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EPA's new proposal would impact the health of millions of children: 'A pediatrician's dream come true'

The EPA estimates the price of such an undertaking at $20-30 billion over the course of a decade.

The EPA estimates the price of such an undertaking at $20-30 billion over the course of a decade.

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A historic and ambitious rule proposed by the Biden administration will have significant health benefits over the next decade.

The Environmental Protection Agency (EPA) submitted a proposal on Nov. 30 that would require the removal of virtually all lead pipes in the United States in the next 10 years. The goal of the imposed restrictions is to prevent another public health disaster like the recent water crisis in Flint, Michigan. The Washington Post described it as "an ambitious effort to protect children and the public from the potent neurotoxin."

"This is like a pediatrician's dream come true," Mona Hanna-Attisha, a Michigan State University professor and pediatrician whose research helped reveal the Flint water crisis, told the Post. "I am overjoyed on behalf of kids everywhere — kids in Flint, in Newark, Chicago, Milwaukee, Washington, D.C., and Jackson and places we know of and don't know of."

According to the New York Times, the proposal would pave the way for the "strictest limits on lead in drinking water since federal standards were first set 30 years ago." If finalized, it would affect nearly 9 million pipes throughout the country.

"This is the strongest lead rule that the nation has ever seen," Radhika Fox, the EPA's assistant administrator for water, told the Times. "This is historic progress."

The problem of lead contamination reached a boiling point in Flint when lead and Legionella bacteria were found in the tap water of about 100,000 residents between 2014 and 2015. The Post noted that predominantly Black and Latino neighborhoods "already face a greater risk of exposure, as lead pipes are more common in neighborhoods with older schools and homes."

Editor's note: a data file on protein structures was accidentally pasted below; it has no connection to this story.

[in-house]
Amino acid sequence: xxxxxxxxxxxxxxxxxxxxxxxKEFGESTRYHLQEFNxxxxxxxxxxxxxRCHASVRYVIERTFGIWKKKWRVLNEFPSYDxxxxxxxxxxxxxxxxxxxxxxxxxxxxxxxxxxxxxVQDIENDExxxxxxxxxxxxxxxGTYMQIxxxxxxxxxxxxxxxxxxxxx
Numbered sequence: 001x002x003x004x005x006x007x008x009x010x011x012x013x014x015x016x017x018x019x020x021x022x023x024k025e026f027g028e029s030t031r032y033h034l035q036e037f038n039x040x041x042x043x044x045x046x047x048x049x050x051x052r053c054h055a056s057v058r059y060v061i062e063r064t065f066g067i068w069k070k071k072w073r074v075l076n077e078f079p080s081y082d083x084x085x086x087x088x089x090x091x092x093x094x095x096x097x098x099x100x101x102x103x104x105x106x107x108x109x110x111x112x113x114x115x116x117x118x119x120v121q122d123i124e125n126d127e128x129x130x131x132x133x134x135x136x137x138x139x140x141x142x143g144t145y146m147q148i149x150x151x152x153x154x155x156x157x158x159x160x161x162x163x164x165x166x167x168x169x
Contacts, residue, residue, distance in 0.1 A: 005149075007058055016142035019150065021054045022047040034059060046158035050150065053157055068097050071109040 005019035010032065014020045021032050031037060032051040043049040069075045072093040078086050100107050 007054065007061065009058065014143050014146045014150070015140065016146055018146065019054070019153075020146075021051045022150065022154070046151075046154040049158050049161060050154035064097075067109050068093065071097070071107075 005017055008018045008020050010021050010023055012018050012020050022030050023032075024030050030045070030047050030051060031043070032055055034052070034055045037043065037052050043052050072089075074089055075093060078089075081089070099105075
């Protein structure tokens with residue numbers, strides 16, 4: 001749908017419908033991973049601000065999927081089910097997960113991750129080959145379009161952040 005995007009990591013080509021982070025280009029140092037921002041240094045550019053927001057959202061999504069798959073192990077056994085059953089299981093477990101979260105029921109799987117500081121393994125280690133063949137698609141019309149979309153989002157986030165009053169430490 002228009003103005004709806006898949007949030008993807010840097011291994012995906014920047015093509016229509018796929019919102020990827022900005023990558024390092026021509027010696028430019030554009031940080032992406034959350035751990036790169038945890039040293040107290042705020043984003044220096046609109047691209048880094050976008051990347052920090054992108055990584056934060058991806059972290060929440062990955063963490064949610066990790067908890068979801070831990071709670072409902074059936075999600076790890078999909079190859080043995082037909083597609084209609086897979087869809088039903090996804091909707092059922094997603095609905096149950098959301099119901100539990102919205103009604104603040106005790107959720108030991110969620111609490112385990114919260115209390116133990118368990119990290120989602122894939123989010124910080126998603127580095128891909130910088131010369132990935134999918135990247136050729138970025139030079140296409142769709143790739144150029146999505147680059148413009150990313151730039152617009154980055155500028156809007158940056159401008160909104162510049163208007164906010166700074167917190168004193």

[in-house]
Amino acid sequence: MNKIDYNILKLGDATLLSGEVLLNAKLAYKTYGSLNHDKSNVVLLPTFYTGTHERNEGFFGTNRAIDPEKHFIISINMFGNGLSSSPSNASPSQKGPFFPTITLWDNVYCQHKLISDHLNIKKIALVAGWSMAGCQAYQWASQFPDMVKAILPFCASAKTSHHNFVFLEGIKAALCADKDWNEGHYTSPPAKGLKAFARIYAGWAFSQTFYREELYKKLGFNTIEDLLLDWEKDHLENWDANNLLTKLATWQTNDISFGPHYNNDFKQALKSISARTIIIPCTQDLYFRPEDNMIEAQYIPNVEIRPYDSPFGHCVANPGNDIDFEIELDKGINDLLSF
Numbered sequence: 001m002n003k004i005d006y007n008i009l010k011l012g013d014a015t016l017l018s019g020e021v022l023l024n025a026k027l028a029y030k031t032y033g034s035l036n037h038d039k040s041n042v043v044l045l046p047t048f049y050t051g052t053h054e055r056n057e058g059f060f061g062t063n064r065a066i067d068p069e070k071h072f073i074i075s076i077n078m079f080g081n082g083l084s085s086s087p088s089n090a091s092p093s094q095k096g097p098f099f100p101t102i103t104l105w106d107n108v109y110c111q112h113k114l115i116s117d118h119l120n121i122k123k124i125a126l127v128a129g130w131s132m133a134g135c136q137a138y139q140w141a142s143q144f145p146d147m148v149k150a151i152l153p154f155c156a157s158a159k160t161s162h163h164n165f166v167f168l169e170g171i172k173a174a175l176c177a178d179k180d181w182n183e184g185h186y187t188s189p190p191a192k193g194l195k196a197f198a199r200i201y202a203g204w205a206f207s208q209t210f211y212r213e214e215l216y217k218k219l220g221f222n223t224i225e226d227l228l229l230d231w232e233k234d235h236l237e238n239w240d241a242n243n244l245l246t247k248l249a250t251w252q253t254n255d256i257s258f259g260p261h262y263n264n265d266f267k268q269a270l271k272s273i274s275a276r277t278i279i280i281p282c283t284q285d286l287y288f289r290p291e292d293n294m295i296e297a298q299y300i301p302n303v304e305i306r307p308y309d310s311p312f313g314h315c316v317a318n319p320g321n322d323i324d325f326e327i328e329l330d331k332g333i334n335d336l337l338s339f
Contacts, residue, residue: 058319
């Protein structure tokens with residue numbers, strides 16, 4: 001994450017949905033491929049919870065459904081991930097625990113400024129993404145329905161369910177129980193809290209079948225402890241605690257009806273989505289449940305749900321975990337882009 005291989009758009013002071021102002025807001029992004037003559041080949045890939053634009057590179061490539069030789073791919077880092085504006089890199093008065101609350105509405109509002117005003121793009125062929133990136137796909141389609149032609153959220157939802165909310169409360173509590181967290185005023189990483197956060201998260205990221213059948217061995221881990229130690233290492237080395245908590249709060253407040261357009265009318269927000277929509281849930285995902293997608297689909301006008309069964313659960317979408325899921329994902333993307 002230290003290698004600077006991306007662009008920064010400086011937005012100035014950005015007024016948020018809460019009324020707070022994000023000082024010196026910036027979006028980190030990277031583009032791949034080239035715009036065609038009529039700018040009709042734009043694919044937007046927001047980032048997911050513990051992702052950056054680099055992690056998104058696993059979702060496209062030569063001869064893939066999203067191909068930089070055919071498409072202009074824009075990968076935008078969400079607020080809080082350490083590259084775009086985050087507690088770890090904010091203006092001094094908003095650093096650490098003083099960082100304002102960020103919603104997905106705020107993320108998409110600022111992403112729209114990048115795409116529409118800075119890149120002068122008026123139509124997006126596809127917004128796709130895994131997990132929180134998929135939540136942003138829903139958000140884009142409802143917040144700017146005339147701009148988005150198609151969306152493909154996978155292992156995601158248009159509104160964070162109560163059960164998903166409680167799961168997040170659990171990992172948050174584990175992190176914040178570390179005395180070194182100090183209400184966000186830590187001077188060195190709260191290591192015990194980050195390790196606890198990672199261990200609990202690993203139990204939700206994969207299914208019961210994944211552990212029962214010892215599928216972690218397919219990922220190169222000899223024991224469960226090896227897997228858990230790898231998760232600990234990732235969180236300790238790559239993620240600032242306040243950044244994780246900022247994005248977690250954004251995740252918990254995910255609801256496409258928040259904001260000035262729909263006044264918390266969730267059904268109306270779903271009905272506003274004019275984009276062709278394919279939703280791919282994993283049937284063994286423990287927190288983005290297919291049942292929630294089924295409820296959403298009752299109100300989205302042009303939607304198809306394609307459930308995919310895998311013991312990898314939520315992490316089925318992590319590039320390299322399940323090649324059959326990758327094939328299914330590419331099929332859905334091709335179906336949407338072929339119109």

The rule changes would have a significant effect in Chicago, Cleveland, and New York, which have the most lead pipes of any cities in the country, according to the Environmental Defense Fund.

The proposal won't be without its fair share of obstacles. The EPA estimates the price of such an undertaking at $20-30 billion over the course of a decade, per the Times. However, the Post notes that "advocates and federal officials estimate the total cost for lead removal at about $45 billion," and "the drinking water industry's estimate runs as high as $60 billion." 

There is $15 billion available from the 2021 infrastructure law to help with the costs, but the rest would be absorbed by the nation's utilities and their ratepayers. Tom Dobbins, the CEO of the Association of Metropolitan Water Agencies, urged the EPA to "focus on providing drinking water systems with the resources and tools necessary to achieve this ambitious goal, and working toward eliminating the real barriers that exist for many utilities."

The EPA will be taking public comments on the proposal for 60 days and could make changes to the rule before publishing a final version sometime next year. 

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